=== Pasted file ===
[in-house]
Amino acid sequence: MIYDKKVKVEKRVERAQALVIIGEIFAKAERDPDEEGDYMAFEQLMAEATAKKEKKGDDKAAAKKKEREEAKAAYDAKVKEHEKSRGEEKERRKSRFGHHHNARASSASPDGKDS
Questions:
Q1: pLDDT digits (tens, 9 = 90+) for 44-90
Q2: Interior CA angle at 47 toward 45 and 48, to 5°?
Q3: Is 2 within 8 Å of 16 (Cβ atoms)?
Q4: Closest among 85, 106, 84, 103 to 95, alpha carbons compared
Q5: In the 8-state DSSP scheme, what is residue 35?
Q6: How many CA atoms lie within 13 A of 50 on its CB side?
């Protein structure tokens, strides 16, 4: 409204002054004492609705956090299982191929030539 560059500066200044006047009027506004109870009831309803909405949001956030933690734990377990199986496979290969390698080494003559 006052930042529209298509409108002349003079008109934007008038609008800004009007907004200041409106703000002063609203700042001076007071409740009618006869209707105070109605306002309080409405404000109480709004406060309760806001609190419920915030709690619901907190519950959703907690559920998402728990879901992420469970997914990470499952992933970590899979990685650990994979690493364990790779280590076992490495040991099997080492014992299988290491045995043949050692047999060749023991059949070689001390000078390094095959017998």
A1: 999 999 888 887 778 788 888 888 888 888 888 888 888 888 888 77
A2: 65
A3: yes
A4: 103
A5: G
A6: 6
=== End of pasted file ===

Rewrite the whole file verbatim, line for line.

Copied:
[in-house]
Amino acid sequence: MIYDKKVKVEKRVERAQALVIIGEIFAKAERDPDEEGDYMAFEQLMAEATAKKEKKGDDKAAAKKKEREEAKAAYDAKVKEHEKSRGEEKERRKSRFGHHHNARASSASPDGKDS
Questions:
Q1: pLDDT digits (tens, 9 = 90+) for 44-90
Q2: Interior CA angle at 47 toward 45 and 48, to 5°?
Q3: Is 2 within 8 Å of 16 (Cβ atoms)?
Q4: Closest among 85, 106, 84, 103 to 95, alpha carbons compared
Q5: In the 8-state DSSP scheme, what is residue 35?
Q6: How many CA atoms lie within 13 A of 50 on its CB side?
């Protein structure tokens, strides 16, 4: 409204002054004492609705956090299982191929030539 560059500066200044006047009027506004109870009831309803909405949001956030933690734990377990199986496979290969390698080494003559 006052930042529209298509409108002349003079008109934007008038609008800004009007907004200041409106703000002063609203700042001076007071409740009618006869209707105070109605306002309080409405404000109480709004406060309760806001609190419920915030709690619901907190519950959703907690559920998402728990879901992420469970997914990470499952992933970590899979990685650990994979690493364990790779280590076992490495040991099997080492014992299988290491045995043949050692047999060749023991059949070689001390000078390094095959017998």
A1: 999 999 888 887 778 788 888 888 888 888 888 888 888 888 888 77
A2: 65
A3: yes
A4: 103
A5: G
A6: 6